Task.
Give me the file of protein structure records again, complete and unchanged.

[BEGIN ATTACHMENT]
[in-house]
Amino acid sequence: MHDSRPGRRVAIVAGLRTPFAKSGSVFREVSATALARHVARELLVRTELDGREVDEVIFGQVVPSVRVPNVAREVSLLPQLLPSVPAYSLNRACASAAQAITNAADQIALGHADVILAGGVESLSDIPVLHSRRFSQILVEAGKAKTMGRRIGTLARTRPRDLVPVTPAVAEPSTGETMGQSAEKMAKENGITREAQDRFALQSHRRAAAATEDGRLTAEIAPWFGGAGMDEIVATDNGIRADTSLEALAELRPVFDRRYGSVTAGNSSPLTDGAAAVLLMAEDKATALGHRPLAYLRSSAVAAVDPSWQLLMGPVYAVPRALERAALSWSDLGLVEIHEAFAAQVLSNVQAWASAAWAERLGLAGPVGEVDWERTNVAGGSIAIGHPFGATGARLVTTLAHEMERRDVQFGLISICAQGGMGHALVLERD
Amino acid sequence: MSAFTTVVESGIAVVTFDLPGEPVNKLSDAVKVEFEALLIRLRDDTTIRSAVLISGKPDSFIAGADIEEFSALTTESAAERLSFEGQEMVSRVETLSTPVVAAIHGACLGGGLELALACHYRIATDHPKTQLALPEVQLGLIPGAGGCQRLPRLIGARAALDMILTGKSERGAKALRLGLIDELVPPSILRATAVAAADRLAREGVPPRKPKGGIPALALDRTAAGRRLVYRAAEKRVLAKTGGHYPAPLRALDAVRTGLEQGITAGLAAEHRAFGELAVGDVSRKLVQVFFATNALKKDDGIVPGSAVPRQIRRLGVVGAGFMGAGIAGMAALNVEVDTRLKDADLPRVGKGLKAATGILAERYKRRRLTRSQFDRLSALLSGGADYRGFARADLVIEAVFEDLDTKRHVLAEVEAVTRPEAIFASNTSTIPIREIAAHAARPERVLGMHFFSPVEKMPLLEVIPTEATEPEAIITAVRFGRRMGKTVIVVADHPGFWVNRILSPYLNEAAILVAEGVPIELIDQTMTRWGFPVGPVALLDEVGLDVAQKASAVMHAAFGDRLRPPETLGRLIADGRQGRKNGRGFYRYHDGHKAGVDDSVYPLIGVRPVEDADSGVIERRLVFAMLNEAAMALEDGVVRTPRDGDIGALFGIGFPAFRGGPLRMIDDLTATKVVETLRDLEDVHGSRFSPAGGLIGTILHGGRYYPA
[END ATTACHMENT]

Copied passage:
[in-house]
Amino acid sequence: MHDSRPGRRVAIVAGLRTPFAKSGSVFREVSATALARHVARELLVRTELDGREVDEVIFGQVVPSVRVPNVAREVSLLPQLLPSVPAYSLNRACASAAQAITNAADQIALGHADVILAGGVESLSDIPVLHSRRFSQILVEAGKAKTMGRRIGTLARTRPRDLVPVTPAVAEPSTGETMGQSAEKMAKENGITREAQDRFALQSHRRAAAATEDGRLTAEIAPWFGGAGMDEIVATDNGIRADTSLEALAELRPVFDRRYGSVTAGNSSPLTDGAAAVLLMAEDKATALGHRPLAYLRSSAVAAVDPSWQLLMGPVYAVPRALERAALSWSDLGLVEIHEAFAAQVLSNVQAWASAAWAERLGLAGPVGEVDWERTNVAGGSIAIGHPFGATGARLVTTLAHEMERRDVQFGLISICAQGGMGHALVLERD
Amino acid sequence: MSAFTTVVESGIAVVTFDLPGEPVNKLSDAVKVEFEALLIRLRDDTTIRSAVLISGKPDSFIAGADIEEFSALTTESAAERLSFEGQEMVSRVETLSTPVVAAIHGACLGGGLELALACHYRIATDHPKTQLALPEVQLGLIPGAGGCQRLPRLIGARAALDMILTGKSERGAKALRLGLIDELVPPSILRATAVAAADRLAREGVPPRKPKGGIPALALDRTAAGRRLVYRAAEKRVLAKTGGHYPAPLRALDAVRTGLEQGITAGLAAEHRAFGELAVGDVSRKLVQVFFATNALKKDDGIVPGSAVPRQIRRLGVVGAGFMGAGIAGMAALNVEVDTRLKDADLPRVGKGLKAATGILAERYKRRRLTRSQFDRLSALLSGGADYRGFARADLVIEAVFEDLDTKRHVLAEVEAVTRPEAIFASNTSTIPIREIAAHAARPERVLGMHFFSPVEKMPLLEVIPTEATEPEAIITAVRFGRRMGKTVIVVADHPGFWVNRILSPYLNEAAILVAEGVPIELIDQTMTRWGFPVGPVALLDEVGLDVAQKASAVMHAAFGDRLRPPETLGRLIADGRQGRKNGRGFYRYHDGHKAGVDDSVYPLIGVRPVEDADSGVIERRLVFAMLNEAAMALEDGVVRTPRDGDIGALFGIGFPAFRGGPLRMIDDLTATKVVETLRDLEDVHGSRFSPAGGLIGTILHGGRYYPA